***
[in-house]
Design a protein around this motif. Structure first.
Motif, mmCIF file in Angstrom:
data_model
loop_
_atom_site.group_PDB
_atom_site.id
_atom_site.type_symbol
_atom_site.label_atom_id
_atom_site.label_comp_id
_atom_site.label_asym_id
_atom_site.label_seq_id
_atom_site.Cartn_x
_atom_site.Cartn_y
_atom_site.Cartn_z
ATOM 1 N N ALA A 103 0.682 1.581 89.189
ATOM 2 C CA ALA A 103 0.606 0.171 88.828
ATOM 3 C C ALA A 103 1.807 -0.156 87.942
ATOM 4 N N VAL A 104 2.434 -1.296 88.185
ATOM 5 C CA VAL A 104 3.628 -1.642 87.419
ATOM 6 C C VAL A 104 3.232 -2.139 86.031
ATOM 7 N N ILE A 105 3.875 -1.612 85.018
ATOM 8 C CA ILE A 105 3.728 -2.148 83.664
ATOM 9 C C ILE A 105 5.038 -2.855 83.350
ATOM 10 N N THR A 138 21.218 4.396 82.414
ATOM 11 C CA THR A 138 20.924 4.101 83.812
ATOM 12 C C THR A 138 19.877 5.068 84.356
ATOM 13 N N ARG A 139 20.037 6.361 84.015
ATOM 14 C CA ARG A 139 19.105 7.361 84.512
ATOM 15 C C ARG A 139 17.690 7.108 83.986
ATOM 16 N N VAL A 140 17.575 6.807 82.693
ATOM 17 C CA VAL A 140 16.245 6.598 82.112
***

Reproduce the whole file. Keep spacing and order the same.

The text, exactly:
[in-house]
Design a protein around this motif. Structure first.
Motif, mmCIF file in Angstrom:
data_model
loop_
_atom_site.group_PDB
_atom_site.id
_atom_site.type_symbol
_atom_site.label_atom_id
_atom_site.label_comp_id
_atom_site.label_asym_id
_atom_site.label_seq_id
_atom_site.Cartn_x
_atom_site.Cartn_y
_atom_site.Cartn_z
ATOM 1 N N ALA A 103 0.682 1.581 89.189
ATOM 2 C CA ALA A 103 0.606 0.171 88.828
ATOM 3 C C ALA A 103 1.807 -0.156 87.942
ATOM 4 N N VAL A 104 2.434 -1.296 88.185
ATOM 5 C CA VAL A 104 3.628 -1.642 87.419
ATOM 6 C C VAL A 104 3.232 -2.139 86.031
ATOM 7 N N ILE A 105 3.875 -1.612 85.018
ATOM 8 C CA ILE A 105 3.728 -2.148 83.664
ATOM 9 C C ILE A 105 5.038 -2.855 83.350
ATOM 10 N N THR A 138 21.218 4.396 82.414
ATOM 11 C CA THR A 138 20.924 4.101 83.812
ATOM 12 C C THR A 138 19.877 5.068 84.356
ATOM 13 N N ARG A 139 20.037 6.361 84.015
ATOM 14 C CA ARG A 139 19.105 7.361 84.512
ATOM 15 C C ARG A 139 17.690 7.108 83.986
ATOM 16 N N VAL A 140 17.575 6.807 82.693
ATOM 17 C CA VAL A 140 16.245 6.598 82.112